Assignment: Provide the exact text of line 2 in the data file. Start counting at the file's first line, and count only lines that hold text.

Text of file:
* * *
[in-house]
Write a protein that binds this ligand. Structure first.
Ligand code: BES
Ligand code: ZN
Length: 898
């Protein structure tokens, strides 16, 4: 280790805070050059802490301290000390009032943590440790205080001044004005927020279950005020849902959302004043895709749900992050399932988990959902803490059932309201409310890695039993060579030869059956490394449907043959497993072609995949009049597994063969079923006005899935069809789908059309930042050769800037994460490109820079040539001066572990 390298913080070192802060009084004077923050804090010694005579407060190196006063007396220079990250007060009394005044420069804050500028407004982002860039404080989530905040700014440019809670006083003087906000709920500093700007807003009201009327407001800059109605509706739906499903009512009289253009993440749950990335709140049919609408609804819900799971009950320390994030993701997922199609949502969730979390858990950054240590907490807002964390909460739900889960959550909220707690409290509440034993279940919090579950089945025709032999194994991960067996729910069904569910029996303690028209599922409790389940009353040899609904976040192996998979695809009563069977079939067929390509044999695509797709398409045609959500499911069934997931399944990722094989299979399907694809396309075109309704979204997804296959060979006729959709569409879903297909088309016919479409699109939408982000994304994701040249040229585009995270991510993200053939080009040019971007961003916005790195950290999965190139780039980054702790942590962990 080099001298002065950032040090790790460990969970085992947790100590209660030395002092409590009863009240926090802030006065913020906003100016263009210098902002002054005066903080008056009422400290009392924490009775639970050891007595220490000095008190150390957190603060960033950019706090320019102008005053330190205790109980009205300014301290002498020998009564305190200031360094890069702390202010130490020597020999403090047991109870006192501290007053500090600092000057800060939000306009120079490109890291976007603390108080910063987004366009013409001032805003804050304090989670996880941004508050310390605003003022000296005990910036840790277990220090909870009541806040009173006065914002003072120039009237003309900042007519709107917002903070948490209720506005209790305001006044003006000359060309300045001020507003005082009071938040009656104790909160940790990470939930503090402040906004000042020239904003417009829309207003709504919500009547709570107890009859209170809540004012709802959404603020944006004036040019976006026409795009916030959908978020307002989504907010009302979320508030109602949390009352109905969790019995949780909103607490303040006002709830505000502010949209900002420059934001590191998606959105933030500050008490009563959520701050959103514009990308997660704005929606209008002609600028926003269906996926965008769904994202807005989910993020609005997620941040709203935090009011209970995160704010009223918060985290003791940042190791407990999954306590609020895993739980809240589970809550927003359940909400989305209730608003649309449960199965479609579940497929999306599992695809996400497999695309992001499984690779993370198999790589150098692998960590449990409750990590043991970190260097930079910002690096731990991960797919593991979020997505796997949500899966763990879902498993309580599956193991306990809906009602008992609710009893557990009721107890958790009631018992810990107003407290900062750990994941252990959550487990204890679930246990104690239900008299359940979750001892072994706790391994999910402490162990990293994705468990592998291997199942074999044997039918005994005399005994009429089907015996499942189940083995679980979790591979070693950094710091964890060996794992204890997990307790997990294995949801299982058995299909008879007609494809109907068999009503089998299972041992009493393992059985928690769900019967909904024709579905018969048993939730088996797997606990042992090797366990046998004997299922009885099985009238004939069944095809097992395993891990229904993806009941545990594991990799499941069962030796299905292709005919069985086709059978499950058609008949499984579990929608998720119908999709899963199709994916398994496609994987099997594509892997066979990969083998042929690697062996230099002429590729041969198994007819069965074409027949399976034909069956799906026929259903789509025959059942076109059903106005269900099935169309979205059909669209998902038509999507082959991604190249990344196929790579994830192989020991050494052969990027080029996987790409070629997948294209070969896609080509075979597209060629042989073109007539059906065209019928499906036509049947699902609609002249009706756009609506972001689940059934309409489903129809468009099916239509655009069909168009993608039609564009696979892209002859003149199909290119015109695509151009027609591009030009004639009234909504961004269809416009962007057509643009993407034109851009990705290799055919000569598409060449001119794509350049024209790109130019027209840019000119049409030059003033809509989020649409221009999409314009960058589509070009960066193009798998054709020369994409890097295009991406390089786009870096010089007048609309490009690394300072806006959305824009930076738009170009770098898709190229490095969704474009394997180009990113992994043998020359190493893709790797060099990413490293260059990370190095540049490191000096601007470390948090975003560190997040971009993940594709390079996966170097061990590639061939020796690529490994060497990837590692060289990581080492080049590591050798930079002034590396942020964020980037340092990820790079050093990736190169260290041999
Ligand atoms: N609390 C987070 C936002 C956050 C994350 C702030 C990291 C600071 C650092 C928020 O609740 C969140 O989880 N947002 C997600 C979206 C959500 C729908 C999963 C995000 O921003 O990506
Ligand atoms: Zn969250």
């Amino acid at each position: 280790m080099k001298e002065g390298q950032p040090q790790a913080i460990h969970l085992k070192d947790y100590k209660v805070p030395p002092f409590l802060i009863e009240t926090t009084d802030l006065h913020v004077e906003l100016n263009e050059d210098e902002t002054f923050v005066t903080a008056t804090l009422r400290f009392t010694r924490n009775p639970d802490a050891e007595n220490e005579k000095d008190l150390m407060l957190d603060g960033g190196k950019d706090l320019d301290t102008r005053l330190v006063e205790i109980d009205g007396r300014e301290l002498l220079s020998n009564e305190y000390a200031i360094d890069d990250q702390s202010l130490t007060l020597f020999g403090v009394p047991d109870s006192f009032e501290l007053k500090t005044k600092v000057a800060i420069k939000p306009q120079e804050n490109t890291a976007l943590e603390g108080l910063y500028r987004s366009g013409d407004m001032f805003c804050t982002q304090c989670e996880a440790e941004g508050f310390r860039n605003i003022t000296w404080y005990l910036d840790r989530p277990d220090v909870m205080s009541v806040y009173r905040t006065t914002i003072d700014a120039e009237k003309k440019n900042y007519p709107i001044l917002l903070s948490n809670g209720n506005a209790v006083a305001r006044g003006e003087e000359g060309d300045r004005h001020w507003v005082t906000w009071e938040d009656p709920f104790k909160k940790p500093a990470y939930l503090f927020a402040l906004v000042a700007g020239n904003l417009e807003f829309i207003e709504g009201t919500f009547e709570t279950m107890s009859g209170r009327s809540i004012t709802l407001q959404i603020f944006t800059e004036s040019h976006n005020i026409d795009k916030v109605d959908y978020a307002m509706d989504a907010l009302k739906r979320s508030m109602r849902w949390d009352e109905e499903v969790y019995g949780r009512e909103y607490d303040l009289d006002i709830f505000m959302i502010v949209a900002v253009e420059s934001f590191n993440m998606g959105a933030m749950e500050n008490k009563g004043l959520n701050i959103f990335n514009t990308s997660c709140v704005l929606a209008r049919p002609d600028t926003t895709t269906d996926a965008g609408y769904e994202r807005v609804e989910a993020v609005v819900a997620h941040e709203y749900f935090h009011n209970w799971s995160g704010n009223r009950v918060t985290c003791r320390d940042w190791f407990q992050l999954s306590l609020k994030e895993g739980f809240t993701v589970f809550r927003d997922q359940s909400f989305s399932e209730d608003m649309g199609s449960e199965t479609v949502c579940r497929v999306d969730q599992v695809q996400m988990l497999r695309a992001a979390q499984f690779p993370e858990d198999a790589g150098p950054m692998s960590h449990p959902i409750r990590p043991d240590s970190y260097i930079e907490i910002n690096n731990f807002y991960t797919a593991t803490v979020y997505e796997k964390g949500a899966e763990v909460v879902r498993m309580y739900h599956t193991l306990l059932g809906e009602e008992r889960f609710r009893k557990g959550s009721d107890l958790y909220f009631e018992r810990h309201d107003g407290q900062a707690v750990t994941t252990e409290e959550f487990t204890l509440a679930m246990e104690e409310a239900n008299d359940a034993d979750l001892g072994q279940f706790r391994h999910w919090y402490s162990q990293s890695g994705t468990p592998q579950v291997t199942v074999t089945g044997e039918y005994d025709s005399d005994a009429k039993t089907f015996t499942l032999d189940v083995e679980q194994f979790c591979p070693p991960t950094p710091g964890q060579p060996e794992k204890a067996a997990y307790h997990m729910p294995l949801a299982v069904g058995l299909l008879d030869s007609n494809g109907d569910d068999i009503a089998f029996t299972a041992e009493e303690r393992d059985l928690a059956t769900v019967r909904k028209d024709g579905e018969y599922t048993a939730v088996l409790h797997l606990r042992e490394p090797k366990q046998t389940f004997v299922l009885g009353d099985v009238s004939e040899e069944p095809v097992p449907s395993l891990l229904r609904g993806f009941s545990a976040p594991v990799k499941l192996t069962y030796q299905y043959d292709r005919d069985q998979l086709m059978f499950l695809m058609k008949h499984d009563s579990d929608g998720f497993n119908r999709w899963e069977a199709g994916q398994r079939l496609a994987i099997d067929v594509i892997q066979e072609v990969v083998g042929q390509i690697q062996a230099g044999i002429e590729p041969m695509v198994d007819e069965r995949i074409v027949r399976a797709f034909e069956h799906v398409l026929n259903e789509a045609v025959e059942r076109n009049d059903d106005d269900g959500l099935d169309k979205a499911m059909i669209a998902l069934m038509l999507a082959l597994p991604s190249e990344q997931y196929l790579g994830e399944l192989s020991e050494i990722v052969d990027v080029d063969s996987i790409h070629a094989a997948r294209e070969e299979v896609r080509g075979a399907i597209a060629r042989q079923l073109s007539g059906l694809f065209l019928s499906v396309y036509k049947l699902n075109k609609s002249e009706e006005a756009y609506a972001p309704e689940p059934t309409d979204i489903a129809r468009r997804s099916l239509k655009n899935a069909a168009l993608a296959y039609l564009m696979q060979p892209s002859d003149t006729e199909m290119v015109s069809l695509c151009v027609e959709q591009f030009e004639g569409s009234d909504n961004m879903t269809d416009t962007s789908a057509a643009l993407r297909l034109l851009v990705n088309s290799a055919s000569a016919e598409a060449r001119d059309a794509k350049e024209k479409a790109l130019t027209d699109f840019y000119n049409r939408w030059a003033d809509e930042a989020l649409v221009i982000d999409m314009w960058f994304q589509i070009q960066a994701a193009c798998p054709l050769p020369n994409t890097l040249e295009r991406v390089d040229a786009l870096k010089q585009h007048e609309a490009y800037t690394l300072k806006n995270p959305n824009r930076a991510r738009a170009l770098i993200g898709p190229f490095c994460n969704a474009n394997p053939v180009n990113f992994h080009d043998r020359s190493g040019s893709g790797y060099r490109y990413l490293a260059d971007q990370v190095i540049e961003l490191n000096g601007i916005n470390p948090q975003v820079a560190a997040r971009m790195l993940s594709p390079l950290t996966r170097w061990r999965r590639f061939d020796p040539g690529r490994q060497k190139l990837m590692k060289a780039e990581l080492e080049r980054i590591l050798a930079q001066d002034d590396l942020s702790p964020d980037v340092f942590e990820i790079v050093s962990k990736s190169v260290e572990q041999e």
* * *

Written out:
Write a protein that binds this ligand. Structure first.